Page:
The United States Does CAIR About Cultural Safety: Examining Cultural Safety Within Indigenous Health Contexts in Canada and the United States

Francine Darroch, Audrey Giles, Priscilla R Sanderson, Lauren Brooks-Cleator, Anna Schwartz, Darold Joseph, Roger Nosker

Research output: Contribution to journalArticle

5 Scopus citations

Abstract

Purpose: This article examines the concept and use of the term cultural safety in Canada and the United States. Design: To examine the uptake of cultural awareness, cultural sensitivity, cultural competence, and cultural safety between health organizations in Canada and the United States, we reviewed position statements/policies of health care associations. Findings: The majority of selected health associations in Canada include cultural safety within position statements or organizational policies; however, comparable U.S. organizations focused on cultural sensitivity and cultural competence. Discussion: Through the work of the Center for American Indian Resilience, we demonstrate that U.S. researchers engage with the tenets of cultural safety—despite not using the language. Conclusions: We recommend that health care providers and health researchers consider the tenets of cultural safety. Implications for Practice: To address health disparities between American Indian populations and non–American Indians, we urge the adoption of the term and tenets of cultural safety in the United States.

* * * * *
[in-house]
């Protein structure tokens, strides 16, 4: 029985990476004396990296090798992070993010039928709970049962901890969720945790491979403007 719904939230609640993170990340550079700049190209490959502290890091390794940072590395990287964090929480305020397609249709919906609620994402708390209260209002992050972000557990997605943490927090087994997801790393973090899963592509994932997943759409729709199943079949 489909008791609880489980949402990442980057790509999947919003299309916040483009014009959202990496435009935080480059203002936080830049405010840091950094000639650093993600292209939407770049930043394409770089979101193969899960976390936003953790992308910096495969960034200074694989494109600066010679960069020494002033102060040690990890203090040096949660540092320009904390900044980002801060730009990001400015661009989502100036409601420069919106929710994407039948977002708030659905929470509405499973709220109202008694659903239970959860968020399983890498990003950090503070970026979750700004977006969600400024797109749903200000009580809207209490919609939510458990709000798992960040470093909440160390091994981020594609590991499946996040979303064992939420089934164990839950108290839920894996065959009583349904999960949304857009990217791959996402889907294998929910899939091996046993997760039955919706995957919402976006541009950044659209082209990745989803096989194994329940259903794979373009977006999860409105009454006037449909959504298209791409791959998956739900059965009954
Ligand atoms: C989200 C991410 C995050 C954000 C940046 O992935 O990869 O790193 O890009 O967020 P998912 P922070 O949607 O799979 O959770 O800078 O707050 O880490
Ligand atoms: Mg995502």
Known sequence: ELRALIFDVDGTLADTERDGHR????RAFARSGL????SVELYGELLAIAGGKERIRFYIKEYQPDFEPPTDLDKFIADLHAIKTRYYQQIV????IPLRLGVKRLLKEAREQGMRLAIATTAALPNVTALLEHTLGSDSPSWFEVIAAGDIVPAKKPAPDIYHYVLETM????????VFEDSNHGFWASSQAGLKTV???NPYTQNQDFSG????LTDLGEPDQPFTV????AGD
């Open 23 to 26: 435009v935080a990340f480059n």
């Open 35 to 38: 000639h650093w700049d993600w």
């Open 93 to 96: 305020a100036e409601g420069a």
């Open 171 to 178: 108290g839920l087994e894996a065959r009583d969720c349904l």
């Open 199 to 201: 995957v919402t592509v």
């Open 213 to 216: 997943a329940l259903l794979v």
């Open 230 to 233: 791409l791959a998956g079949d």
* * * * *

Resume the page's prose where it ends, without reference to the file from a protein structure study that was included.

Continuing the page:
Original languageEnglish (US)
Pages (from-to)269-277
Number of pages9
JournalJournal of Transcultural Nursing
Volume28
Issue number3
DOIs
StatePublished - 2017

Keywords

  • cultural competence
  • cultural safety
  • participatory research

ASJC Scopus subject areas

  • Nursing(all)

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